to April 30th so that’s what that looks like that’s so that’s one half of the data we’re gonna work with the other half of the data we’re going to use something that I’ve been using more lately called a window function now a window function gives us this handy way to work with sequel aggregates but in such a way that we don’t have to group everything into one row and then just give you an aggregate for that group it’ll give you an aggregate for every row as it goes through the results so we’re gonna get the the idea of a each bank account and the timestamp of each financial financial transaction and the amount of each trend financial transaction and then we’re going to sum them over the partitioning of the bank account ID and order or the temp so what I’m skipping but what this means is that as we select rows the database will first partition them into groups based on on bank account ID so each Bank Kennedy will have its own list of financial transactions they’re gonna be ordered by timestamp within each group and then it’s going to sum give us the sum of the amount within each of those groups and it’ll give us kind of a running total for each bank account so this is what that data looks like so for bank account ID number one those timestamps are individual debits or credits to that bank account and those are the amounts seven thousand nine 20 25 146 and then on the right we have the sum as a running total as it goes and then you have bank account ID number two and three so what this query is giving us is every possible balance for every bank account that has ever been in the system so is every balance for every timestamp that the balance was unique so now we have these two sets of data we have ranges of all the months and then we have all the balances that have ever existed and then we can join them together where I’ve created this novel color coding system to try to make it quicker to see what’s happening is that the blue stuff the blue parts of the query are from our ranges of months and the red parts are from our our collection of every possible bank account balance there ever was and then we join them together at the bottom where you can see the balance the time stamp of each of each balance row is between the min and the max of the month ranges so this is a pretty fancy query and then we grew up a year a month and order to make it look better and then we get light data like that so that’s the average balance of per month within within our bank now that was kind of a weird query but you know I don’t think the example is too exact because it’s pretty common that accounting data is stored as credits and debits and it’s pretty common you’re going to want to have reports of balances so I don’t think it’s that crazy of a query so with sequel alchemy we’re gonna build this query in a similar way we’re going to think in terms of simpler parts and compose them together it provides the same inside out paradigm as sequel itself you think in terms of relations and joins the same way as when constructing plain plain sequel your brain is going to work the same way and then see quality because we’re staying within the ORM we can do all the other cool stuff that the Orang gives us like further you know generations upon that query limiting and and if you had objects being loaded you can either loading all the good stuff is seek walk me and other arms can do but we could stay so we’re basically staying in the object model and in the relational space at the same time both are exposed simultaneously which is really what seacock me the choice that we made early on so we’ll make the same query and if you know sequel alchemy syntax this kind of lays out the same way so we have first the month ranges sub query so we have the min of the timestamp and the max of the time stamp and we extract the year in the month and we group by the year in the month a it’s basically the same thing and we have the all balances and time stamps window function we’ve added window functions as of maybe Oh seven three oh seven four it’s just basically you say func sum of the amount and then you say over and you give it a partition by what you want to petition by and you order by what you want to order by and then we make a sub-query out of that and then we have these two units and then we compose them together so select average balance per month is the query of the year and the month of the month range is sub-query and the average of the balance from the all balances and time stamps sub-query select from the month range is selectable you know derive table join to the all balances and time stamps derive table and then we’re going to we’re going to do the join on the time stamp between the min and max of the month ranges we can group by year a month and we can order by year and month and we get the same result and then the sequel that it generates is more verbose but i’ve applied the same color coding to it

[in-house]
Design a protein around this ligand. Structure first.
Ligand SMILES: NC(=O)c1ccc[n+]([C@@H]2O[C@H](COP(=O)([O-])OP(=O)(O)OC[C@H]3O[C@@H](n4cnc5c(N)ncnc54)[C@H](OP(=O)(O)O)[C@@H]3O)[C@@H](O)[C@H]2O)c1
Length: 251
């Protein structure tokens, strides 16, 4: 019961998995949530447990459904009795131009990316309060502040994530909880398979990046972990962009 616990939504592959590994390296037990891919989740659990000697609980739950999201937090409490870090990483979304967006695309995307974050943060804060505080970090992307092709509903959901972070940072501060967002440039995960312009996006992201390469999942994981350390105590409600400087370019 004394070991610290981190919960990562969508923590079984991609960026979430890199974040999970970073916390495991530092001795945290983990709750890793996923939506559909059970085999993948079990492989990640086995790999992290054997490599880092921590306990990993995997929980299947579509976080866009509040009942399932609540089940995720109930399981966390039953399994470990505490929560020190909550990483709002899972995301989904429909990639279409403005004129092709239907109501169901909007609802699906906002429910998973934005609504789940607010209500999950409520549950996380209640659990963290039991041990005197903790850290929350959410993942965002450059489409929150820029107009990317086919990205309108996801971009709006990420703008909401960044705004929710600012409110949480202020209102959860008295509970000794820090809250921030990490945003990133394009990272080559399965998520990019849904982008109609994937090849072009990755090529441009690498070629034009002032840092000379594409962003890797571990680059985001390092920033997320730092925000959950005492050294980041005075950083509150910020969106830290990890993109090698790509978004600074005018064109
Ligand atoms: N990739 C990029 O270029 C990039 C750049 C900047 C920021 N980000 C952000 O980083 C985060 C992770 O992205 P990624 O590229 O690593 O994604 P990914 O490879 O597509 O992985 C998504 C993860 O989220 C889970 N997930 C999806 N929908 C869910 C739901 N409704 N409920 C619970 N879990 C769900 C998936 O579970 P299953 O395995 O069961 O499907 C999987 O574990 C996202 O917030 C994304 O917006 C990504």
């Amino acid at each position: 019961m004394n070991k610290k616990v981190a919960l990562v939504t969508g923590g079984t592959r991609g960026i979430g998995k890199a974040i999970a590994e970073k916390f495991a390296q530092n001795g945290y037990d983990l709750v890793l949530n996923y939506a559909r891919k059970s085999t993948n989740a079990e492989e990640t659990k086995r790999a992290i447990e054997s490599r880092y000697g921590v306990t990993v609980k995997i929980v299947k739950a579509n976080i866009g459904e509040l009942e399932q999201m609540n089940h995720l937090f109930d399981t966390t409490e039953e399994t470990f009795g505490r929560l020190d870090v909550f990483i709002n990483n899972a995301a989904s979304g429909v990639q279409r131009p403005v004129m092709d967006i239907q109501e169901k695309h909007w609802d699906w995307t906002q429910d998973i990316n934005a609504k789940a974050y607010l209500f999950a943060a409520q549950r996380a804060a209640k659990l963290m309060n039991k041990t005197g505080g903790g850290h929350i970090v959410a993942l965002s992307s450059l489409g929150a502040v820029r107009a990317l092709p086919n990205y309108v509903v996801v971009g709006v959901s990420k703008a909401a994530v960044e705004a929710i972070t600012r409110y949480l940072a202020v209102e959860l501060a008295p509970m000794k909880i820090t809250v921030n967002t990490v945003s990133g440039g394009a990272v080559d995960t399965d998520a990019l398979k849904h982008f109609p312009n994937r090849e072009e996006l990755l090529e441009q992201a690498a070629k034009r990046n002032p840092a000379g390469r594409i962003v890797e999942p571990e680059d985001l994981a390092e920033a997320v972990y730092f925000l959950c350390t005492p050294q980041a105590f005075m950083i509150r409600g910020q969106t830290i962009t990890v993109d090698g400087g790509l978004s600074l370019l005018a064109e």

so you could see that geometrically it’s the same it’s got some more you know tsubaki’s going to layout each column with a label name if there’s a lot of other things that help it in its job of relating rows back to objects but it’s basically the same thing and the idea here is that we didn’t have to change how our brain works when we move from reading a straight query to working with sequel alchemy you know we did the exact same kind of thinking so once you know sequel can use query syntax you can really continue to think in terms of sets which is really what you should be doing when you work with the relational database so summary of good and what’s interesting here is that i when i time this this talk i was always right 45 minutes on the dot and now I’m like way ahead which is really weird which means I probably went too fast I’ll do the whole talk again it means I you know I right in the middle I was like oh boy I’m not explaining as well and I just went right through it so if maybe we can go back if some people had questions about some of the stuff I obviously went through too fast summary of hand coded the is retaining control over the relational form of the target data you know you’re gonna keep keeping control of what you’re doing I mean it means that when you’re given a problem to solve and you’re given the data that you’re dealing with you’re gonna actually design your schema you’re not going to piece together tools that are going to make the decisions for you so schema design decisions are made by the developer the tools are there to help you but they should not be make decisions see quality is then going to provide a rich and detailed vocabulary to express and automate these these decisions and then the developer will create patterns and conventions basically vocabulary we did the thing where we had the house owner convention and the unique ID and the base class with the table name and an ID and then the the relational geometry remains an explicit concept complementing complementing the object model which means as we work with C Qualicum II you know it’s not concealing anything except just some of the boilerplate of db-api and sequel rendering but this the geometry of relational algebra is always there for us in a very one-to-one way so some people will say this is what you call leaky abstraction meaning that you’ve had this abstraction layer but it’s leaking meaning there’s concepts from the lower level being exposed and this kind of speaks to the concept of abstraction meaning hiding and this term refers to what I just said so does sequel Agony’s schema design paradigm in query object exhibit this behavior for now I would just say you bet because it’s not really totally concerning to me I think the model we have works which is that you’re kind of doing the O and the AR and ORM at the same time and before Brandon Rhodes also had this term called the Oh problem which I just thought was awesome and I’m gonna totally take that on the O problem which is when you’re only looking at the ORM in terms of oh and not the are so it’s great so if you want to call that leaky abstraction you know I can’t really I can’t really help that part of it I just have this quote from Joel on software that all non-trivial abstractions to some degree are leaky but really the answer is I I can’t really care too much because I know that the approach works really well and a lot of other people like it so it’s leaky abstraction if you want to call it that sequel alchemy except this reality upfront to create the best balance possible and then we’ll have a little bit of a graphical display which is suppose we had this is this is norm from the new Yankee Workshop people know that show it used to be on PBS I used to like it because I used to like this before I was even doing Python I just liked watching a guy who really knew what he was doing and the things he didn’t know he was gonna learn he was really a master at his craft you know so this is software is craftsmanship right and here he is building like a like a nightstand there’s an end table or something and then the other side and this is a little bit Rolly sorry is uh you know doesn’t have a third party you know I couldn’t resist you know don’t don’t take this just kind of a joke haha you know you know but it’s like you know IKEA what you know it’s like modular furniture and it’s like mixing masks it’s actually fine I own that much IKEA furniture but like it’s like if some if you really want to build something amazing you know I would think you’d kind of want to do norms approach if you’re trying to build something amazing if you’re just trying to do something quickly and get it out the door fine but you know if you build software with what I’m calling the hand cutter approach you know you’re building much more specifically what you want accurately targeted and long lasting